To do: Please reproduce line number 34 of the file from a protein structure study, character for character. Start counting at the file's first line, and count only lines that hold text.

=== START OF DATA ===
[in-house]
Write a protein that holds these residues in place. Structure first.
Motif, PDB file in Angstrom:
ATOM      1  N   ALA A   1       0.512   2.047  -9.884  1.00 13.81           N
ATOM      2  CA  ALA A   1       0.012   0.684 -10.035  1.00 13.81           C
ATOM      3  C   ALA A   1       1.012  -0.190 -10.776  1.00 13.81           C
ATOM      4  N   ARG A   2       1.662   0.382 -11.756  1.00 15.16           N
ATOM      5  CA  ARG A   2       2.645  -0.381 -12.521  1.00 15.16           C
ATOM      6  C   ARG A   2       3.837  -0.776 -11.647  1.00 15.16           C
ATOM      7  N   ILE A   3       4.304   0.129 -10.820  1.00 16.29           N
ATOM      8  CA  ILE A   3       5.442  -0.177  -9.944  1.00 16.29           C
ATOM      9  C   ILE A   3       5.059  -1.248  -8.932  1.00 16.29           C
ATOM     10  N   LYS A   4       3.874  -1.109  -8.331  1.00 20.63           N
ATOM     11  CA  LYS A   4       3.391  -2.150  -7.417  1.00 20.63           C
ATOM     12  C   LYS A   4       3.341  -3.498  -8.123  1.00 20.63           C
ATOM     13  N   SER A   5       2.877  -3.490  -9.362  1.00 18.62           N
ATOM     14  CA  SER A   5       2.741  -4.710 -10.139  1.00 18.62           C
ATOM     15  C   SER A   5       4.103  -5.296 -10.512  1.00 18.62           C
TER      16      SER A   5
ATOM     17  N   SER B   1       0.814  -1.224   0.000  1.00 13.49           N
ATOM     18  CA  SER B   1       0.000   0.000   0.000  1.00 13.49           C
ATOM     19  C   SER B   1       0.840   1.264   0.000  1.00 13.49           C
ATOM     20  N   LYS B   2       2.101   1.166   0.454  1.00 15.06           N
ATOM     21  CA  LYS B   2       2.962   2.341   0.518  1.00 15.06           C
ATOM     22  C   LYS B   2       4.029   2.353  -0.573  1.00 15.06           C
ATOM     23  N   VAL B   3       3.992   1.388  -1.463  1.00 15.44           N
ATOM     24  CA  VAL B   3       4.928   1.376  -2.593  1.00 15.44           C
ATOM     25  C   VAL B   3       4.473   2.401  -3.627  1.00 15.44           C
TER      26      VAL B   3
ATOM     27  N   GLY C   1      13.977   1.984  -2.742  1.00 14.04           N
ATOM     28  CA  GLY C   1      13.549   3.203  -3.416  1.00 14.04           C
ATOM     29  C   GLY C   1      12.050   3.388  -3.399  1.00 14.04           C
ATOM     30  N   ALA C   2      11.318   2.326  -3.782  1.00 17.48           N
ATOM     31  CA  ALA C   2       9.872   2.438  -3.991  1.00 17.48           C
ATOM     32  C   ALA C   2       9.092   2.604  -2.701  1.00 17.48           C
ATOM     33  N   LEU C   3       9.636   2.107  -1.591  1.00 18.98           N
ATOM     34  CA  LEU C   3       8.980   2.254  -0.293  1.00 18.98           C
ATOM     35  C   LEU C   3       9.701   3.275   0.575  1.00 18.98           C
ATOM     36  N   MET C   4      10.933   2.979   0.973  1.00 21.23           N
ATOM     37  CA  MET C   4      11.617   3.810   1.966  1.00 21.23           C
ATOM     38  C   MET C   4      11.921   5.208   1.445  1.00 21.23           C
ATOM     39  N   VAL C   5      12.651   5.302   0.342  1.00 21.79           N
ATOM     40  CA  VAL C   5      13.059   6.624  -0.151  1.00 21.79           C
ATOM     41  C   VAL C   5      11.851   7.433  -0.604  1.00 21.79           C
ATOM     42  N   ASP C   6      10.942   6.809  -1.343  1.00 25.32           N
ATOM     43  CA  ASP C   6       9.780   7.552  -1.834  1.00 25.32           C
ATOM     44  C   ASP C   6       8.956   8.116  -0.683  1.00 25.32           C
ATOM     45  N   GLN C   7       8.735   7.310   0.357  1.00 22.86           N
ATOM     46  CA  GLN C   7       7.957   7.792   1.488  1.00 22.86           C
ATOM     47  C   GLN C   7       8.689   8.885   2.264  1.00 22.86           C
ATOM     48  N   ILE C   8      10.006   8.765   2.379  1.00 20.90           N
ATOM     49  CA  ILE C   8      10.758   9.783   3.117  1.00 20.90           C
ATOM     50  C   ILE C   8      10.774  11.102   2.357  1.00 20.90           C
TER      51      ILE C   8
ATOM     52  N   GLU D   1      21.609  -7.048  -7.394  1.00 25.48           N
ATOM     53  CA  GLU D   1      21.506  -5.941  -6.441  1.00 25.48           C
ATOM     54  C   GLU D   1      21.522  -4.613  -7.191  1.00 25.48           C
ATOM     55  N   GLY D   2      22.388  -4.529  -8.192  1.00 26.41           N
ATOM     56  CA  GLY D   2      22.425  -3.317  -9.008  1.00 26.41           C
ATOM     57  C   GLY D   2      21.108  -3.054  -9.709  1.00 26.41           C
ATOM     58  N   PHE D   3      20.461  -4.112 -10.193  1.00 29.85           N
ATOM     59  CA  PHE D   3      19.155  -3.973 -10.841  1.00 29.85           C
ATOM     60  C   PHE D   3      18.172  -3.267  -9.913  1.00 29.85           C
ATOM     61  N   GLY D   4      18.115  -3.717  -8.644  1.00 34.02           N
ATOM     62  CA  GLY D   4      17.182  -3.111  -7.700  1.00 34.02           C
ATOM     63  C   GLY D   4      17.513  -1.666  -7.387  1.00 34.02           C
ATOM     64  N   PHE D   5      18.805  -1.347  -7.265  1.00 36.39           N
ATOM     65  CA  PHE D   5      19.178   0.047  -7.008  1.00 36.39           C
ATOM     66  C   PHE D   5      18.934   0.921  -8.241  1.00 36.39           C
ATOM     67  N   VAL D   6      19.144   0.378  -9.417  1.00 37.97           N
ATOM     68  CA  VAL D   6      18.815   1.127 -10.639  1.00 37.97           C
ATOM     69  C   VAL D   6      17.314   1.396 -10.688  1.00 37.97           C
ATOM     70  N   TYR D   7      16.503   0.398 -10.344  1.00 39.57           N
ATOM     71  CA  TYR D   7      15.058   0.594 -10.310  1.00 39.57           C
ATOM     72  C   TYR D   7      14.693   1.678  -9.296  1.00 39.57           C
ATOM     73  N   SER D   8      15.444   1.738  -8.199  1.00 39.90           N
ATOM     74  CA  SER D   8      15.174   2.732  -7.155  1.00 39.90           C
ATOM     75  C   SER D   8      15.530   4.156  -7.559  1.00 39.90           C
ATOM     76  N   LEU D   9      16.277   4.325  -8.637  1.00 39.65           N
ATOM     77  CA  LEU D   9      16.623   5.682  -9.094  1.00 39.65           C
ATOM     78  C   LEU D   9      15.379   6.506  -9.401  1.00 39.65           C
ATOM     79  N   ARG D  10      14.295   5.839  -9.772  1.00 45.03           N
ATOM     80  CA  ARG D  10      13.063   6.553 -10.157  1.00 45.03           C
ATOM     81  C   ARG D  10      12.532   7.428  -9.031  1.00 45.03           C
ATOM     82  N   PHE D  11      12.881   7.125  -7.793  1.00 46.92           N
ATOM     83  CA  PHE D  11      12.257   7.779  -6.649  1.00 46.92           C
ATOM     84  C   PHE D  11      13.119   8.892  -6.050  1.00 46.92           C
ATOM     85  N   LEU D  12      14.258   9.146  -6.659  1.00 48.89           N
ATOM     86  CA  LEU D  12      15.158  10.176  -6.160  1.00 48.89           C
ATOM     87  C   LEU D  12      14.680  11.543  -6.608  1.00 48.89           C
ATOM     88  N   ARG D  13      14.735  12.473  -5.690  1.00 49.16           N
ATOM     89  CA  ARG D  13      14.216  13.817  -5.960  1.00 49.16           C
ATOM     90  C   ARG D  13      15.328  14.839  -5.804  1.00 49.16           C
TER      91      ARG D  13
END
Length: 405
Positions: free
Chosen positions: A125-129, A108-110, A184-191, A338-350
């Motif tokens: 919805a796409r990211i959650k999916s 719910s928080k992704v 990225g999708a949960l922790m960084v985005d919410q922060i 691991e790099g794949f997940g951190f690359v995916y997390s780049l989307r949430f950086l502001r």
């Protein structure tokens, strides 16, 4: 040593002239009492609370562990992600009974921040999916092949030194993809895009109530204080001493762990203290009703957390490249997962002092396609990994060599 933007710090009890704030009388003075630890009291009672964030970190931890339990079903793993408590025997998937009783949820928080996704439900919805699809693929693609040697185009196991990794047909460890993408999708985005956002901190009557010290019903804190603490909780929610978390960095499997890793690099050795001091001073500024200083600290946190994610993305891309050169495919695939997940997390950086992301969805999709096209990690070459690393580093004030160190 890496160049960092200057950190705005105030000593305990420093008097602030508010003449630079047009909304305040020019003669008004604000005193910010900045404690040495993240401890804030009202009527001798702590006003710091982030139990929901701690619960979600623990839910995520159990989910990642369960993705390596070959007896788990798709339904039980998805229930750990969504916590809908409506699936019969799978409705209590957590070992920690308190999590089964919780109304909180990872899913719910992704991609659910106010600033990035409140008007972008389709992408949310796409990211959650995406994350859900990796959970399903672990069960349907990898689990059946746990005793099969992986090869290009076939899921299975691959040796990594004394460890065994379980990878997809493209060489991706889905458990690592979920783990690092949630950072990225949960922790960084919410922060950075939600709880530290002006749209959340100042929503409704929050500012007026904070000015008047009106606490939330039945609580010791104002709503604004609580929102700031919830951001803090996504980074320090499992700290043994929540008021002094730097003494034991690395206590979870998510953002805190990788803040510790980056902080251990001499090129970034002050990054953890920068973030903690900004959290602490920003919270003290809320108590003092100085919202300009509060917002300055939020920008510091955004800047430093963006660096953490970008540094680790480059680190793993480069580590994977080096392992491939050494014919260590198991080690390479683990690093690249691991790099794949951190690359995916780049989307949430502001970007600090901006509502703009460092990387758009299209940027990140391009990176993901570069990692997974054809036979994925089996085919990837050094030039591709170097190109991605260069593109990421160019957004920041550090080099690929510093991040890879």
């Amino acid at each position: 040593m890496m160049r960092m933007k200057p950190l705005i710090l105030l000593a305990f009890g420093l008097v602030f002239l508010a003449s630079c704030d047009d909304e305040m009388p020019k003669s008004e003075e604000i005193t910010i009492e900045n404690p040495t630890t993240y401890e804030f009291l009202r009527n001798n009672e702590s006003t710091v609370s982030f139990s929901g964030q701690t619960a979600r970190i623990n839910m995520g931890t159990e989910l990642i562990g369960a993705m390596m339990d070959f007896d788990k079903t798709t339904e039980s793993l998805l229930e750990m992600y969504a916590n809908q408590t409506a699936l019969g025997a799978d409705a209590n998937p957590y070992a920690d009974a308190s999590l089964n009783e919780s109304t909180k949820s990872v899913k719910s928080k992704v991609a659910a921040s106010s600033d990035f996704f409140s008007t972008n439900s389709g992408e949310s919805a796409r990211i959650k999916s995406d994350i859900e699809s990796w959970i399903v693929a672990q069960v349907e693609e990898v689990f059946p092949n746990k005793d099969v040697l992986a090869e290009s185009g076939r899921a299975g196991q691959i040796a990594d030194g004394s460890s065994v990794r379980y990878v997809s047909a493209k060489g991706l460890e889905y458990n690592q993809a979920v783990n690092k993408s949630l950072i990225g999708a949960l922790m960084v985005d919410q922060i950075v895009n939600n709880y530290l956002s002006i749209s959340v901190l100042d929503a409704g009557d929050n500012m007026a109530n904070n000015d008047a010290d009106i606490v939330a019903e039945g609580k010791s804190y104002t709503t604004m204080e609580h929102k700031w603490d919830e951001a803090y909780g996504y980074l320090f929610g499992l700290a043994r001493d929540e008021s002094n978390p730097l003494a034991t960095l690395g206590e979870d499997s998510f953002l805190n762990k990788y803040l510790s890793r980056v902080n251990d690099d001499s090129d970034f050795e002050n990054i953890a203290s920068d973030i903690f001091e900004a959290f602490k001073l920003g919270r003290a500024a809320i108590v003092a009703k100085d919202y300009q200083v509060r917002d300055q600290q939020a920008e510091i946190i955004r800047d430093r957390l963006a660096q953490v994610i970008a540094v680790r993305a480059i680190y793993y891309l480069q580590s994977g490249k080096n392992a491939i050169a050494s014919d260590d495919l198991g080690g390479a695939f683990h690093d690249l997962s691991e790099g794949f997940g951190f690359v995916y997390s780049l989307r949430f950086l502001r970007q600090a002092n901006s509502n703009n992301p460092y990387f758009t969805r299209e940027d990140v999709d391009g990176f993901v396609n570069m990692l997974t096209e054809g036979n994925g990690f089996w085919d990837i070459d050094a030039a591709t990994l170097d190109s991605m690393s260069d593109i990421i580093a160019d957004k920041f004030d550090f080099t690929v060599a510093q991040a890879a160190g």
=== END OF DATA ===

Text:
ATOM     31  CA  ALA C   2       9.872   2.438  -3.991  1.00 17.48           C